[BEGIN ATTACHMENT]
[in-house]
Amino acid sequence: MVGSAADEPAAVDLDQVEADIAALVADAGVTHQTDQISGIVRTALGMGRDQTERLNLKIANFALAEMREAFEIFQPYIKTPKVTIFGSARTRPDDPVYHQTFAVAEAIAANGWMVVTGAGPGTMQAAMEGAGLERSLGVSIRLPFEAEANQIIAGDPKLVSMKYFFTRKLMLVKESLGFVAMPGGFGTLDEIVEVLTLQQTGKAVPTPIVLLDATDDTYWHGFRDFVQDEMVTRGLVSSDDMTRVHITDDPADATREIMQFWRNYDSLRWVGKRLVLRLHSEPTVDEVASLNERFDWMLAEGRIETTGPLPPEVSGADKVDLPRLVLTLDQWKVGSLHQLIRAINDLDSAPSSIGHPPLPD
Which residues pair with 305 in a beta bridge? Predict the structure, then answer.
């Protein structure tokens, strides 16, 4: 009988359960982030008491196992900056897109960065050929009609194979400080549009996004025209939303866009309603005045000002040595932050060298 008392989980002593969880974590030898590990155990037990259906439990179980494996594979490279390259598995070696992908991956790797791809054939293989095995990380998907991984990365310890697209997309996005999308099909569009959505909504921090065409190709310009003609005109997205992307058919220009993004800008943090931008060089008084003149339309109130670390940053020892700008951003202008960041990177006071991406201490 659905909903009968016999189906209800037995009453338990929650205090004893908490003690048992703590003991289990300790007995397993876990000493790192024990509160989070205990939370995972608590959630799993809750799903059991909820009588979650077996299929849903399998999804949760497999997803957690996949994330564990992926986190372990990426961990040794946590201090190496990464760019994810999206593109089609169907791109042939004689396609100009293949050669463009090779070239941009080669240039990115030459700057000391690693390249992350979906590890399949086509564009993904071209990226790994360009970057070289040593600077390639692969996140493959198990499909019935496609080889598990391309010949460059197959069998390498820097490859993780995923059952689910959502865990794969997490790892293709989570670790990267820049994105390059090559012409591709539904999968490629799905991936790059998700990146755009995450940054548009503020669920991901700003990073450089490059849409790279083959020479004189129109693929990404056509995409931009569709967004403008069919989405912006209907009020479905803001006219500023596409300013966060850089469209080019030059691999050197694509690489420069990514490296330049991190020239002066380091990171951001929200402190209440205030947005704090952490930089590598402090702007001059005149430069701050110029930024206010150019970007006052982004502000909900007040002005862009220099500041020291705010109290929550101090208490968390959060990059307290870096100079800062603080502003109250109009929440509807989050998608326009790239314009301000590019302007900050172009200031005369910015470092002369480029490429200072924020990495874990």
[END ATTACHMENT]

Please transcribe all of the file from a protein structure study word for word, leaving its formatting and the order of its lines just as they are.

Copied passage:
[in-house]
Amino acid sequence: MVGSAADEPAAVDLDQVEADIAALVADAGVTHQTDQISGIVRTALGMGRDQTERLNLKIANFALAEMREAFEIFQPYIKTPKVTIFGSARTRPDDPVYHQTFAVAEAIAANGWMVVTGAGPGTMQAAMEGAGLERSLGVSIRLPFEAEANQIIAGDPKLVSMKYFFTRKLMLVKESLGFVAMPGGFGTLDEIVEVLTLQQTGKAVPTPIVLLDATDDTYWHGFRDFVQDEMVTRGLVSSDDMTRVHITDDPADATREIMQFWRNYDSLRWVGKRLVLRLHSEPTVDEVASLNERFDWMLAEGRIETTGPLPPEVSGADKVDLPRLVLTLDQWKVGSLHQLIRAINDLDSAPSSIGHPPLPD
Which residues pair with 305 in a beta bridge? Predict the structure, then answer.
């Protein structure tokens, strides 16, 4: 009988359960982030008491196992900056897109960065050929009609194979400080549009996004025209939303866009309603005045000002040595932050060298 008392989980002593969880974590030898590990155990037990259906439990179980494996594979490279390259598995070696992908991956790797791809054939293989095995990380998907991984990365310890697209997309996005999308099909569009959505909504921090065409190709310009003609005109997205992307058919220009993004800008943090931008060089008084003149339309109130670390940053020892700008951003202008960041990177006071991406201490 659905909903009968016999189906209800037995009453338990929650205090004893908490003690048992703590003991289990300790007995397993876990000493790192024990509160989070205990939370995972608590959630799993809750799903059991909820009588979650077996299929849903399998999804949760497999997803957690996949994330564990992926986190372990990426961990040794946590201090190496990464760019994810999206593109089609169907791109042939004689396609100009293949050669463009090779070239941009080669240039990115030459700057000391690693390249992350979906590890399949086509564009993904071209990226790994360009970057070289040593600077390639692969996140493959198990499909019935496609080889598990391309010949460059197959069998390498820097490859993780995923059952689910959502865990794969997490790892293709989570670790990267820049994105390059090559012409591709539904999968490629799905991936790059998700990146755009995450940054548009503020669920991901700003990073450089490059849409790279083959020479004189129109693929990404056509995409931009569709967004403008069919989405912006209907009020479905803001006219500023596409300013966060850089469209080019030059691999050197694509690489420069990514490296330049991190020239002066380091990171951001929200402190209440205030947005704090952490930089590598402090702007001059005149430069701050110029930024206010150019970007006052982004502000909900007040002005862009220099500041020291705010109290929550101090208490968390959060990059307290870096100079800062603080502003109250109009929440509807989050998608326009790239314009301000590019302007900050172009200031005369910015470092002369480029490429200072924020990495874990």